It might seem that Aharon Appelfeld’s novels are mystical. Yet, with the enchanting characters – whose blindness, deafness, muteness, psychic unrest, vulnerabilities of age, and moral defects serve to “exaggerate purposely, to make things visible” (as a character says in a different one of his novels) – there is the splendorous reality of the humanContinue reading ““Laish” by Aharon Appelfeld”
What a silly, inverted question. And what could possibly make me ask it? The answer is this anecdote at the end of Aharon Appelfeld’s memoir Table for One: Under the Light of Jerusalem:
This Holy Thursday, I’m thinking back to my first visit to the Church of All Nations at the Garden of Gethsemane in Jerusalem. In it, there’s this impressive mosaic of Jesus praying while his disciples have fallen asleep in the background.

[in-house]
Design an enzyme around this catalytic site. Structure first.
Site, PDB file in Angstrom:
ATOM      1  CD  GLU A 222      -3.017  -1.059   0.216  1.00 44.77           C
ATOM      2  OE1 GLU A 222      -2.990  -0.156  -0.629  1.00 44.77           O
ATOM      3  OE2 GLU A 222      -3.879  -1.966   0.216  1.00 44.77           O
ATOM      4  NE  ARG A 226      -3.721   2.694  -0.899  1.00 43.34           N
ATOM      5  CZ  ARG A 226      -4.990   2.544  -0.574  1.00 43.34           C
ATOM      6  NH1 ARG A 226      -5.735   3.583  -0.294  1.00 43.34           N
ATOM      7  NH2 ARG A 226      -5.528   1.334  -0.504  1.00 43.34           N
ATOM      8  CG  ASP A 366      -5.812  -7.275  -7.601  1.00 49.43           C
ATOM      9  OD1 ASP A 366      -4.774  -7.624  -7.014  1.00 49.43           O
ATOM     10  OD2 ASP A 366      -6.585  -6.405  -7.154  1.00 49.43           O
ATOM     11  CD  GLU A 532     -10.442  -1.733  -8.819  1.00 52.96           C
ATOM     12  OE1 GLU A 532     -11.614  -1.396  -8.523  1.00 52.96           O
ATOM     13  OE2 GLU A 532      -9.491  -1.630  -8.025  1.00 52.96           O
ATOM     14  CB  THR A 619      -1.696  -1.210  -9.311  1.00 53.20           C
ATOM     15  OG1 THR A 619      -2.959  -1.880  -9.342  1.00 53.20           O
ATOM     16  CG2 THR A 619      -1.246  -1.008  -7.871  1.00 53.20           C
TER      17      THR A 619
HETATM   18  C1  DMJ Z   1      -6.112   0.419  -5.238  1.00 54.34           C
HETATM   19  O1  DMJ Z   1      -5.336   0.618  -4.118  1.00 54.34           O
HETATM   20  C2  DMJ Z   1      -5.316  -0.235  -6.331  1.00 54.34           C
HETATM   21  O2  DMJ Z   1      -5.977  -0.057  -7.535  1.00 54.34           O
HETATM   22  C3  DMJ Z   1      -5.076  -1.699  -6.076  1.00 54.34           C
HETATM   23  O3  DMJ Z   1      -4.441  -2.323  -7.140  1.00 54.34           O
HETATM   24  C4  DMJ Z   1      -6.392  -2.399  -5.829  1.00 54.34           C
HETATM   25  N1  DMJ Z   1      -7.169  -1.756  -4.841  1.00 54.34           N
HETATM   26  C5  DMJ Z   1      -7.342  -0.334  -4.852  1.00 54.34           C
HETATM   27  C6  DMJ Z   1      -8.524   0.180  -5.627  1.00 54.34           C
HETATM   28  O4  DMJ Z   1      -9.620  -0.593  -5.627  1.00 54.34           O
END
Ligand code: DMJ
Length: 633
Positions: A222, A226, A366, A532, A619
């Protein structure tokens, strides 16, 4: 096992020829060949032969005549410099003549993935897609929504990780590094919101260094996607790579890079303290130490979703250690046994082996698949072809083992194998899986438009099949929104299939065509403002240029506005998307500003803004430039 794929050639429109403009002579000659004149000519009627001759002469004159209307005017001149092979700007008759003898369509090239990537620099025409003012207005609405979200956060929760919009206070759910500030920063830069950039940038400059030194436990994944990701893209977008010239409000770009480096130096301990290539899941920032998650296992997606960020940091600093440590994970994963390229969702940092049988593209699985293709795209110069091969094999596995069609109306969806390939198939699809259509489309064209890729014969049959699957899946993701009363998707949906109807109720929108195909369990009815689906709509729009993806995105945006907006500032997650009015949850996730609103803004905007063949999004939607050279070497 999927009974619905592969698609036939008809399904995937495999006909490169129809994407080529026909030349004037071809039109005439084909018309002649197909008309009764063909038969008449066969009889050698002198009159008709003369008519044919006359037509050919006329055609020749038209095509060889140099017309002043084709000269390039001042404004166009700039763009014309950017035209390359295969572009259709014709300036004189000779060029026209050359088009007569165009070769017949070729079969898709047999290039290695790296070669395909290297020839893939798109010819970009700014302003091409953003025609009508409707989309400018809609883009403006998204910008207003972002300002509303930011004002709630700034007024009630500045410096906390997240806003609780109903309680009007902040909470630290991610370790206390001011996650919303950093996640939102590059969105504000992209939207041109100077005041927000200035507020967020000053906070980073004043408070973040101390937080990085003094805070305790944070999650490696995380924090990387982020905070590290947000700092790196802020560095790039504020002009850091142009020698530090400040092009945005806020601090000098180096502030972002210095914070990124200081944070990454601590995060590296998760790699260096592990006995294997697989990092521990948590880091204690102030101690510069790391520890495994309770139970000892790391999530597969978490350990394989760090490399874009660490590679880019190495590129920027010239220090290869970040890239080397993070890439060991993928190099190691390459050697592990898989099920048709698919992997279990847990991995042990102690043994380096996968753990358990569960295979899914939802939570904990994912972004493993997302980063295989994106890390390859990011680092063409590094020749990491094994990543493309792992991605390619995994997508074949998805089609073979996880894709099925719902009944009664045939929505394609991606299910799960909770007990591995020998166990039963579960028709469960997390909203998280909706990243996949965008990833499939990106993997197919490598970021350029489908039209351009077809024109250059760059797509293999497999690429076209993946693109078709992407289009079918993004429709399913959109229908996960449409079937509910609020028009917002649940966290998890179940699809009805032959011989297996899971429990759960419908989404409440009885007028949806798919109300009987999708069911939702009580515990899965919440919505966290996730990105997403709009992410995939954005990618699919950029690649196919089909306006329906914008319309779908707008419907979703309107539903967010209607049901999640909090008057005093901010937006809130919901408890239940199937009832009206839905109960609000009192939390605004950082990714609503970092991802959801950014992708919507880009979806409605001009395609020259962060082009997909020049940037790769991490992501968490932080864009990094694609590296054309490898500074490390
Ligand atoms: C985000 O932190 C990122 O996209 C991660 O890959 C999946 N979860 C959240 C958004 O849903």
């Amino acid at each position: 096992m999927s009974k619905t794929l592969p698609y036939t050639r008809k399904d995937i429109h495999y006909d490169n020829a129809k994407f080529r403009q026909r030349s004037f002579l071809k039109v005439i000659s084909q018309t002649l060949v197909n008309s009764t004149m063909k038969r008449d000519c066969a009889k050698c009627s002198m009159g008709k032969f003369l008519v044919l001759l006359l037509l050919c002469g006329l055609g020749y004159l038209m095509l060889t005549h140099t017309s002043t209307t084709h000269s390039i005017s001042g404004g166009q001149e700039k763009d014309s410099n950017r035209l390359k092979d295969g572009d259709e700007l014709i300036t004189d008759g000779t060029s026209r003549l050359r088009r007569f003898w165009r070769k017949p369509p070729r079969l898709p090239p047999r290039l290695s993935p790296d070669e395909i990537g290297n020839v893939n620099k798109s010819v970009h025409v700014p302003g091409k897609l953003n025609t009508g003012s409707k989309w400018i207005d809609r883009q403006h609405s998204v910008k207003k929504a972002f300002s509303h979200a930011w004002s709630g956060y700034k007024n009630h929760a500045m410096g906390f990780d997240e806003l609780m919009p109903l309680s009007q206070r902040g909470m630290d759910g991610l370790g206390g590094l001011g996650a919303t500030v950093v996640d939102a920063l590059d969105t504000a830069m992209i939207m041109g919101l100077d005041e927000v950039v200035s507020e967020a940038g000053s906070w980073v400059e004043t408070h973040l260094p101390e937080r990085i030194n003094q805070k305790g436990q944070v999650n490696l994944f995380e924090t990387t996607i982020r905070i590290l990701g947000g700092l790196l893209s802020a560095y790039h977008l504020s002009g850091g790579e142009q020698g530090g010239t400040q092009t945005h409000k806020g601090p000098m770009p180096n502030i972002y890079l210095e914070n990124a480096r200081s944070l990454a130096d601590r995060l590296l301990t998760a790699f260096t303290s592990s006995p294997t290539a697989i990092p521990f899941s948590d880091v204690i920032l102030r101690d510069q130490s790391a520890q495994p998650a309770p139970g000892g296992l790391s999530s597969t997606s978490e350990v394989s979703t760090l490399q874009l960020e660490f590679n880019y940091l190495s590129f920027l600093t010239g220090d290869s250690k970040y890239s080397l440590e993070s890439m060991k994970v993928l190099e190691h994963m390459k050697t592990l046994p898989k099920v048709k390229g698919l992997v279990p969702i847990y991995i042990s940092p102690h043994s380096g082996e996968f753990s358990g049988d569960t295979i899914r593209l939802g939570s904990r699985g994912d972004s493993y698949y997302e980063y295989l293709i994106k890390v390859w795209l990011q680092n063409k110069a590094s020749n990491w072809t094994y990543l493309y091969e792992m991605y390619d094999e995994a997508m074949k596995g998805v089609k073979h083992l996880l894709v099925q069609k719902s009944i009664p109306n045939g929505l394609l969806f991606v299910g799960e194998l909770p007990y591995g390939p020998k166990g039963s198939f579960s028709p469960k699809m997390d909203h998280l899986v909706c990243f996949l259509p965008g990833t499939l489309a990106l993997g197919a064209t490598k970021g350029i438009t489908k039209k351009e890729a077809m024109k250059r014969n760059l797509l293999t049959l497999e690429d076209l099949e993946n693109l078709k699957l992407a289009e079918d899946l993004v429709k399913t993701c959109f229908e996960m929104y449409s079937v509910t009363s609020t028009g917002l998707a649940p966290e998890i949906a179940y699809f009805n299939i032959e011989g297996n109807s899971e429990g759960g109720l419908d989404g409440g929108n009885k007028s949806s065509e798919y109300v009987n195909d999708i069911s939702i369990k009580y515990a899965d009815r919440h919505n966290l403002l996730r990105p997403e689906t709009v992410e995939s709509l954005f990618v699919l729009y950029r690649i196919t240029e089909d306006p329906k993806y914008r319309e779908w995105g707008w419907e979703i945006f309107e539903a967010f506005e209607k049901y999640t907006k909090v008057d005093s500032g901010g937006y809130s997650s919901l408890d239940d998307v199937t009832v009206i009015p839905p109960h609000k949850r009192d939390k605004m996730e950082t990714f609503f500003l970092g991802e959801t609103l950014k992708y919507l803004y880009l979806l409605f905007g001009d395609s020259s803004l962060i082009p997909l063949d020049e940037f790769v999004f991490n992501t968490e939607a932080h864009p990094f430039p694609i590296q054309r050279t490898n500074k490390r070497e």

Today marks the anniversary of the fascinating conversion of Alphonse Ratisbonne that occurred on Thursday, January 20, 1842. I have been learning his story gradually, throughout my travels to Rome and Jerusalem.